Plant Fragrance

Fragrance in plants is the quality that excites the nose, creating an even greater interest in plants and adding a new dimension to growing them. However, the purpose of scent in plants is not to attract human admirers but to encourage the presence of pollinating insects.

Nature and scents

Scent plays an important role in attracting insects to flowers to carry out pollination, but it is not the only way in which plants attract pollinators. Subtle variations in petal colour, which we may not even notice, fequently attract specific insects.

There is different sensitivity to colours. For instance, blue strains of Delphiniums in Britain are pollinated by bees, whereas in North America red Delphiniums are pollinated by humming birds.Plant Fragrance

But scent is of importance in attracting insects to flowers, and some insects, such as moths, have an acute sense of smell. For instance, some moths can detect Honeysuckle at several hundred yards, and honey bees can detect a wide range of odours. In tests it has been shown that they are able to distinguish certain scents from forty or more others. Although colour is an important guide to a flower, it is the scent which is useful in enabling a bee, when flying among many flowers of a similar colour, to alight on the one it wishes to visit. The appeal of a particular scent to a bee is often only temporary, because the bee needs to pass on to the next group of plants in bloom — and is attracted by a different scent as the seasons change.

Scented patio walls

During warm summer afternoons and evenings, fragrant plants will create an exciting dimension to patios. The climbers such as Honeysuckle, Jasmine and the Mountain Clematis (Clematis montana) are superb for clothing trellises around patios. And Wisteria brings a rich vanilla aroma. Many climbing or rambling roses soon smother walls with scent and colour, and on a warm south— or west-facing patio the pineapple-scented Cytisus battandieri creates a wonderful display of yellow flowers.

Window-boxes under windows can be made to create a mixture of day and night scents by planting them with a combination of the Night-scented Stock and Virginian Stock. The fragrant Tobacco Plant and the musk-scented Common Mignonette (Reseda odorata) will also help to drench the air with rich and delightful scents.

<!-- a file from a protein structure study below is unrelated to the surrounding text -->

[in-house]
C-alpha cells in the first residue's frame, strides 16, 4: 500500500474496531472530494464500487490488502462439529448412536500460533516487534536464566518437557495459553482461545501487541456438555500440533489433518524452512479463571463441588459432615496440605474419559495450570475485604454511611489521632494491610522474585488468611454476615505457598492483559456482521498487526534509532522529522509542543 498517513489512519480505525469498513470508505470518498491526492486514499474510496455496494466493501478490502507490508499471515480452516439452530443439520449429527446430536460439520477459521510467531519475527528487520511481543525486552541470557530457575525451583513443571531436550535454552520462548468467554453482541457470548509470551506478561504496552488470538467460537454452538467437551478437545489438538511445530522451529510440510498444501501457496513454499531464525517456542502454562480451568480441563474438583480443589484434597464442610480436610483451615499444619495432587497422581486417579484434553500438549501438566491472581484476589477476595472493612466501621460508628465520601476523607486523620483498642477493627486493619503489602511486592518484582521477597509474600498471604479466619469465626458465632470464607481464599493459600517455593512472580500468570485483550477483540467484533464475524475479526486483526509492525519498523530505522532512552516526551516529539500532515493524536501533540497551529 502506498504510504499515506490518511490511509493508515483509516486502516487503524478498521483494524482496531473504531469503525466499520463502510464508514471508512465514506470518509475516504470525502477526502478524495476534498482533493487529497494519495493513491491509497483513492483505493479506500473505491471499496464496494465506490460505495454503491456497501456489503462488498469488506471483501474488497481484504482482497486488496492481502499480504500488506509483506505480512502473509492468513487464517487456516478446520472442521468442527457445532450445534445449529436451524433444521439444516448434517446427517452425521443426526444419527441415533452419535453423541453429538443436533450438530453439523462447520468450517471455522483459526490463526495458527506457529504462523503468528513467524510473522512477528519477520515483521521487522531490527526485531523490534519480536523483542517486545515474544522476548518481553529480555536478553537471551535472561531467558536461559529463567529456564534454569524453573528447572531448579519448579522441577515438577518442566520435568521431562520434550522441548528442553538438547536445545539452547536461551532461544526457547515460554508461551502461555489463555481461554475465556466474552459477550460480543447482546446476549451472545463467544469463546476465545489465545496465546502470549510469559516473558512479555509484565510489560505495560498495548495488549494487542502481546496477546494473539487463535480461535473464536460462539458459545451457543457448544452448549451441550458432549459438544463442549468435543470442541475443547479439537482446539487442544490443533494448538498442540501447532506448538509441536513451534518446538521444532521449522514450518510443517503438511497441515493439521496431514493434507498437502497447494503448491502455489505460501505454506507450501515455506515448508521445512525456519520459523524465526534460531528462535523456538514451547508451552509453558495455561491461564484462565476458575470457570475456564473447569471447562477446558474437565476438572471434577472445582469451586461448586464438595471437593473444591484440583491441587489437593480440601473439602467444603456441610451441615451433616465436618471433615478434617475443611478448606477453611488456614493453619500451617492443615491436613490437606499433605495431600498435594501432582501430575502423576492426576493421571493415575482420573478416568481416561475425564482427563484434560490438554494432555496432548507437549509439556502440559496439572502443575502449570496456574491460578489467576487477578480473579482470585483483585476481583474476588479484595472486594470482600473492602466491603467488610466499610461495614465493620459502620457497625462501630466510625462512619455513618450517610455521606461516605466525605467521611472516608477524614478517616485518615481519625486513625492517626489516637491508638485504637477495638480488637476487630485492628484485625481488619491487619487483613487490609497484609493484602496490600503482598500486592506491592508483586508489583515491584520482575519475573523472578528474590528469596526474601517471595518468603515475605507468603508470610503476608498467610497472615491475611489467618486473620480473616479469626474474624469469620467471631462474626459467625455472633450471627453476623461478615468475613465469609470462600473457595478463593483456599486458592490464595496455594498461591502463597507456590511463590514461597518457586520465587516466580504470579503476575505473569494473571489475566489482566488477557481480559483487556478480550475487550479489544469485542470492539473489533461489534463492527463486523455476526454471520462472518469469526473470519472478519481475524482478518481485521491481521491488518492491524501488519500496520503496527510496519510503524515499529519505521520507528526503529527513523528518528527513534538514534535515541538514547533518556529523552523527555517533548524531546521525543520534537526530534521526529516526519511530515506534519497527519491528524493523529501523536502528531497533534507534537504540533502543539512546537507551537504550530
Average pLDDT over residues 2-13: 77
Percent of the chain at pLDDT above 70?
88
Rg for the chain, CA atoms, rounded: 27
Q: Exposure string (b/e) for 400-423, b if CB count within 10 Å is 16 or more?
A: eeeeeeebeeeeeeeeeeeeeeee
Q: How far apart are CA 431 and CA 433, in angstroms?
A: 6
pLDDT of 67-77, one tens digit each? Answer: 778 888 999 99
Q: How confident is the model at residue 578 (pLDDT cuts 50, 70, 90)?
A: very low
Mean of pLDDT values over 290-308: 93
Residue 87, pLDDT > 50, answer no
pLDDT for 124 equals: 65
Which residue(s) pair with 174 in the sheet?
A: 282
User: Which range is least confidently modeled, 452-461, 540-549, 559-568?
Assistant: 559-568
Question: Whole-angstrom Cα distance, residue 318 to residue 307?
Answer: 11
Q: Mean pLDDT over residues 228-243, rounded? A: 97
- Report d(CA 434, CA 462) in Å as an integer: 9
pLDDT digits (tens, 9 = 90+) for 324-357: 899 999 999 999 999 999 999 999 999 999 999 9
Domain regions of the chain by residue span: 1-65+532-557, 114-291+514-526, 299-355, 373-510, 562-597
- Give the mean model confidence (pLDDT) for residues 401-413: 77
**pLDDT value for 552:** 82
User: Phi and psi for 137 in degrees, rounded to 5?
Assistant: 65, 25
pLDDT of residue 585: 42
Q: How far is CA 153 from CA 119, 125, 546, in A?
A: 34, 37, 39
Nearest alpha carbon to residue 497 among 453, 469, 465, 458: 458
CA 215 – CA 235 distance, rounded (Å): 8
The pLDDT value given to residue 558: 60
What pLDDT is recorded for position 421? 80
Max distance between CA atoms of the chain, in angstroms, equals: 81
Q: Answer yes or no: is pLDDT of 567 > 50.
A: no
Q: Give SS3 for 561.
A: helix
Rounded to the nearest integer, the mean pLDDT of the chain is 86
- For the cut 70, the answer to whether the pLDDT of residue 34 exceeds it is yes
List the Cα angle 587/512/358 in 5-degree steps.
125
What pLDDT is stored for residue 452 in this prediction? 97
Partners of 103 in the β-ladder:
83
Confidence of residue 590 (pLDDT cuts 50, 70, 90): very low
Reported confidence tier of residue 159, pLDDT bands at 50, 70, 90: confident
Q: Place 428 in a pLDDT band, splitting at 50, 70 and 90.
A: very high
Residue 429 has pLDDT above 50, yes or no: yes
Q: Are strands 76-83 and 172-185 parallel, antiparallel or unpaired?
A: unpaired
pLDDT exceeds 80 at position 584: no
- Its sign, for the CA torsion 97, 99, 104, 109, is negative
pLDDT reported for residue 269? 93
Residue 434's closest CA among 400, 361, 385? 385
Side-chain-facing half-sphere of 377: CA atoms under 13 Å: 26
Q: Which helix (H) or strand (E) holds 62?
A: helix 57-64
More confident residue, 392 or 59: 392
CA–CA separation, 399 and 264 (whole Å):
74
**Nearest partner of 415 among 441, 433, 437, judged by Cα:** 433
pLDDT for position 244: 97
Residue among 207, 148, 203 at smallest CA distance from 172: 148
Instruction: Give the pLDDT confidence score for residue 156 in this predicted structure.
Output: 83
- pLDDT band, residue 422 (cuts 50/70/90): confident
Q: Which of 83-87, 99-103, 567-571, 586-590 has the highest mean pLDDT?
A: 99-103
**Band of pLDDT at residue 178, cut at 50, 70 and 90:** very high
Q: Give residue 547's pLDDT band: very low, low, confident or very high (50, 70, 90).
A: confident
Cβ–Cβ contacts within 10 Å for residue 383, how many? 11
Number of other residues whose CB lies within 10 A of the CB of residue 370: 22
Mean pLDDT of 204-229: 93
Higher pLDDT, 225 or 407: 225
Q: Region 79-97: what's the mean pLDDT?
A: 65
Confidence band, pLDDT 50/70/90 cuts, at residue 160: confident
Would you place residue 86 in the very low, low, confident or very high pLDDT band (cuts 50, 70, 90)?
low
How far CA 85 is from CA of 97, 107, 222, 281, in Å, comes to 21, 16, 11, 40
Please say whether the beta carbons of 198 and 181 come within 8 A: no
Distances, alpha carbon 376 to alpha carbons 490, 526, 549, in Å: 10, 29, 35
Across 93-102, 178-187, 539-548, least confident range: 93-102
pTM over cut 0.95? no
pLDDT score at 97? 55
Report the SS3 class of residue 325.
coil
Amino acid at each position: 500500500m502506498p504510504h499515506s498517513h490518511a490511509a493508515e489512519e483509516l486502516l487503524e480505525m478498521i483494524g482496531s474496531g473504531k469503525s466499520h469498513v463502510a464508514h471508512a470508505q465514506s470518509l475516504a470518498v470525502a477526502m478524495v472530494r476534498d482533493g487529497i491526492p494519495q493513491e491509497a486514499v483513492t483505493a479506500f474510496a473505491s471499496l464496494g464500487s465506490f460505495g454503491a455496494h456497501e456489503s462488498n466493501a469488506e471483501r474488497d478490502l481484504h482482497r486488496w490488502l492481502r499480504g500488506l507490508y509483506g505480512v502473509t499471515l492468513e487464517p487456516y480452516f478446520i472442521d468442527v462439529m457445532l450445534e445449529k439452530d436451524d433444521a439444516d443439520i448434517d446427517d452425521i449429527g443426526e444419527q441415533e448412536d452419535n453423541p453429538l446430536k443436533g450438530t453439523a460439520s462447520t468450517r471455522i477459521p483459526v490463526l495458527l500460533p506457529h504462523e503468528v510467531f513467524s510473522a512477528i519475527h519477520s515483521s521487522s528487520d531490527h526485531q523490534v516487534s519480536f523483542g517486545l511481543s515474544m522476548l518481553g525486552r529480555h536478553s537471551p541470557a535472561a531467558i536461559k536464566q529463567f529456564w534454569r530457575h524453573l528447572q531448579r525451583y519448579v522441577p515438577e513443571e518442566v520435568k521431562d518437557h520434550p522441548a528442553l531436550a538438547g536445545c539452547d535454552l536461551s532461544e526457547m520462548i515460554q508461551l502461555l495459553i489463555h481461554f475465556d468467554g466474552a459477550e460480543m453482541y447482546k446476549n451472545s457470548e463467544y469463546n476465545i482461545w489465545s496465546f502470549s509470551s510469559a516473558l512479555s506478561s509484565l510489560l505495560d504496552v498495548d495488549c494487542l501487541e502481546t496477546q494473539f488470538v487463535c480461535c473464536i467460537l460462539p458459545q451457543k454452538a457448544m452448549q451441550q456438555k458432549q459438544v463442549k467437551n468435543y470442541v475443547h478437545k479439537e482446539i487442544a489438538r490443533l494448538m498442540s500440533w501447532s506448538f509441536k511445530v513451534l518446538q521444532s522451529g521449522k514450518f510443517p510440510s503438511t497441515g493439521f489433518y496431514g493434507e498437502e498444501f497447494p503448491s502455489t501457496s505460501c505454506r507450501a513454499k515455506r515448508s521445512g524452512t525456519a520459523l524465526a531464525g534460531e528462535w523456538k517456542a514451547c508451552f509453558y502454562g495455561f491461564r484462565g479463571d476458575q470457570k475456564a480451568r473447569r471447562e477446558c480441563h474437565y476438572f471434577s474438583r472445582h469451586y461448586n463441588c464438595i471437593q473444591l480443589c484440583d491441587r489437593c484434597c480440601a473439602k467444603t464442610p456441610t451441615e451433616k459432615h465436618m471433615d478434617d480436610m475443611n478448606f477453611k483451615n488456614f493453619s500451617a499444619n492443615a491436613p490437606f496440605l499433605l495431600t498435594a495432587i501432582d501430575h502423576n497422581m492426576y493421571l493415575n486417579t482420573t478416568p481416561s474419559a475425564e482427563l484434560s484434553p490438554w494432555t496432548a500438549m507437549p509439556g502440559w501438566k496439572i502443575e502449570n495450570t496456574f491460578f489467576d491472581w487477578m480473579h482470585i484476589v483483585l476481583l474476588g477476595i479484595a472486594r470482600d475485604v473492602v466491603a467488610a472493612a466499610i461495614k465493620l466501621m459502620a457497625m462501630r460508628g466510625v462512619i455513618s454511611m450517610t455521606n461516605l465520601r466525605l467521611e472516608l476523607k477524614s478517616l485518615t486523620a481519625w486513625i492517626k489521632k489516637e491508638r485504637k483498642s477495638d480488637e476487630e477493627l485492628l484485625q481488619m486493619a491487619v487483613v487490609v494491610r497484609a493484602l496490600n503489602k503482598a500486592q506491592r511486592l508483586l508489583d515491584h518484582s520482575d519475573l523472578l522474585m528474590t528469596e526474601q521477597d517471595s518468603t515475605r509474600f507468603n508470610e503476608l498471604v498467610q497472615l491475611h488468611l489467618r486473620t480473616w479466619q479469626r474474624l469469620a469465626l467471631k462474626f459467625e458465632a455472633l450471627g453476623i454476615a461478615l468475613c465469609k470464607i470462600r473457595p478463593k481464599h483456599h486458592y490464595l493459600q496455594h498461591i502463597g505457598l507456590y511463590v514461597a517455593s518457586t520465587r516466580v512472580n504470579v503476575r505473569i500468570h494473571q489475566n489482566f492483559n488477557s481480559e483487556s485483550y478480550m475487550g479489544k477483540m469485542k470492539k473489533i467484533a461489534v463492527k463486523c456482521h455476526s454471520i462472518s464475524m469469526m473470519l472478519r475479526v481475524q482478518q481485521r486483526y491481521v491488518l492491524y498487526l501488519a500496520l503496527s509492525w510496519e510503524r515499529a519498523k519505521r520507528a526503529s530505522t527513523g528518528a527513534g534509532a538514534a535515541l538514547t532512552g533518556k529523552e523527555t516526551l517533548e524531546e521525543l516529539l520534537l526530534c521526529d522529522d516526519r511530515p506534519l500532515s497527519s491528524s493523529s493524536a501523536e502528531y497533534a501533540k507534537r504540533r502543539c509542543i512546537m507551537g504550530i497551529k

Types of flowers — the insects they attractplants scent and insects

The reproductive parts of many flowers show that the evolution of insects and flowers, especially in those flowers that are a source of honey, must have occurred simultaneously.

As well as scent and colour, the shape of a flower influences the type of insect that pollinates it. Insects such as butterflies and moths, which have long tongues, can reach nectar deep in the tubes of certain flowers — as in Aquilegias for example.

Night flying pollinators are especially attracted by scent. The Moss Campion (Silene acaulis) is visited by butterflies, whereas the highly fragrant night-flowering Bladder Campion (Silene vulgaris) attracts night-flying moths and long-tongued bees. Other sweetly-scented and night-flowering plants include Night-scented Stocks (Matthioki bicornis), Evening Primroses and Tobacco Plants.

Fragrant plants for indoors and conservatories

  • Cape Jasmine (Gardenia jasminoides) bears white, waxen flowers with a heavy and sweet scent from mid to late summer.
  • Cyclamen (Cyclamen persicum) creates delicate and sweet fragrances from late autumn to early spring.
  • Common Hyacinth (Hyacinthus orientalis) has sweet flowers from midwinter to late spring.
  • Persian Violet (Exacum affine) has flowers with a Lily-of-the-Valley scent from mid to late summer.
  • String of beads (Senecio rowleyanus) is a trailing plant that bears sweetly-scented white flowers from late summer to early winter.
  • Wax Plant (Hoya camosa) is a climber with penetratingly sweet flowers from late spring to late summer.
  • Miniature Wax Plant (Hoya be/la) I&a miniature climber that bears sweet flowers from spring to late summer.
  • When growing roses in tubs always choose a specimen with a rich fragrance.
  • Madagascar Jasmine (Stephanotis floribunda) is a climber that reveals strongly sweet flowers from late spring to early autumn.
  • Pink Jasmine (Jasminum polyanthum) is a climber with sweet-smelling flowers that blossom from mid-winter through to spring.

Scented plants for window-boxes and tubs

  • Wallflowers (Cheiranthus cheiri) have a sweet scent from April to June.
  • Sweet William (Dianthus barbatus) flowers during June and July.
  • Siberian Wallflower
  • (Erysimum x allionii) with sweetly-scented flowers from May to July.
  • Bulbous Iris (Iris dandordiae) has a honey-like scent. I. Reticulata is violet-scented.
  • Grape Hyacinth (Muscari armeniacum) creates a wealth of deep blue flowers during April and May.
  • Roses of all kinds are loved for their perfume.
  • Sweet Alyssum (Lobularia maritima) has white flowers with a scent like new-mown hay, June to September.
  • Night-scented Stocks (Matthiola bicornis) bears dull lilac-coloured flowers with a heavy and sweet bouquet during July and August.
  • Ten-week Stocks (Matthiola incana) has clove-scented flowers from July to September.
  • Tobacco Plant (Nicotiana) has highly fragrant flowers which bloom throughout the summer.

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